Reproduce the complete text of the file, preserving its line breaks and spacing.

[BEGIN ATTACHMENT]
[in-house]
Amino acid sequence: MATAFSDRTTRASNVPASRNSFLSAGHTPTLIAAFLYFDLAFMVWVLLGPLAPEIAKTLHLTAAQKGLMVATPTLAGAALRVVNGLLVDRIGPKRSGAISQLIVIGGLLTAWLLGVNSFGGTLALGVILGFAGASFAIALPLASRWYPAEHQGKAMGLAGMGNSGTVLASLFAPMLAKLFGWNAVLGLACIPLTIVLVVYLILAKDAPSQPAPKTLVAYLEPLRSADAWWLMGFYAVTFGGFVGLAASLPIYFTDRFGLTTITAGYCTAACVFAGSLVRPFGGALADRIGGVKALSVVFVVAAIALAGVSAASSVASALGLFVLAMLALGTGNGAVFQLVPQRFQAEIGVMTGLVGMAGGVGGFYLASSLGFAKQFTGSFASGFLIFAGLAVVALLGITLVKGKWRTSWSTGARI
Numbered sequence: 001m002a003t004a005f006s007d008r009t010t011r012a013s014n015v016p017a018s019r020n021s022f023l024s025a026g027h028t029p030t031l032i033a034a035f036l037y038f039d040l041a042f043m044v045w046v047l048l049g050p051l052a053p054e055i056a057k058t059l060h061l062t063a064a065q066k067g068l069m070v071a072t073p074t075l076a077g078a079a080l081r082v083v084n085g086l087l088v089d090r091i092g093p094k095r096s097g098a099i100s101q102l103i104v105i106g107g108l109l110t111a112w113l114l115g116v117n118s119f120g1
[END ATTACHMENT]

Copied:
[in-house]
Amino acid sequence: MATAFSDRTTRASNVPASRNSFLSAGHTPTLIAAFLYFDLAFMVWVLLGPLAPEIAKTLHLTAAQKGLMVATPTLAGAALRVVNGLLVDRIGPKRSGAISQLIVIGGLLTAWLLGVNSFGGTLALGVILGFAGASFAIALPLASRWYPAEHQGKAMGLAGMGNSGTVLASLFAPMLAKLFGWNAVLGLACIPLTIVLVVYLILAKDAPSQPAPKTLVAYLEPLRSADAWWLMGFYAVTFGGFVGLAASLPIYFTDRFGLTTITAGYCTAACVFAGSLVRPFGGALADRIGGVKALSVVFVVAAIALAGVSAASSVASALGLFVLAMLALGTGNGAVFQLVPQRFQAEIGVMTGLVGMAGGVGGFYLASSLGFAKQFTGSFASGFLIFAGLAVVALLGITLVKGKWRTSWSTGARI
Numbered sequence: 001m002a003t004a005f006s007d008r009t010t011r012a013s014n015v016p017a018s019r020n021s022f023l024s025a026g027h028t029p030t031l032i033a034a035f036l037y038f039d040l041a042f043m044v045w046v047l048l049g050p051l052a053p054e055i056a057k058t059l060h061l062t063a064a065q066k067g068l069m070v071a072t073p074t075l076a077g078a079a080l081r082v083v084n085g086l087l088v089d090r091i092g093p094k095r096s097g098a099i100s101q102l103i104v105i106g107g108l109l110t111a112w113l114l115g116v117n118s119f120g1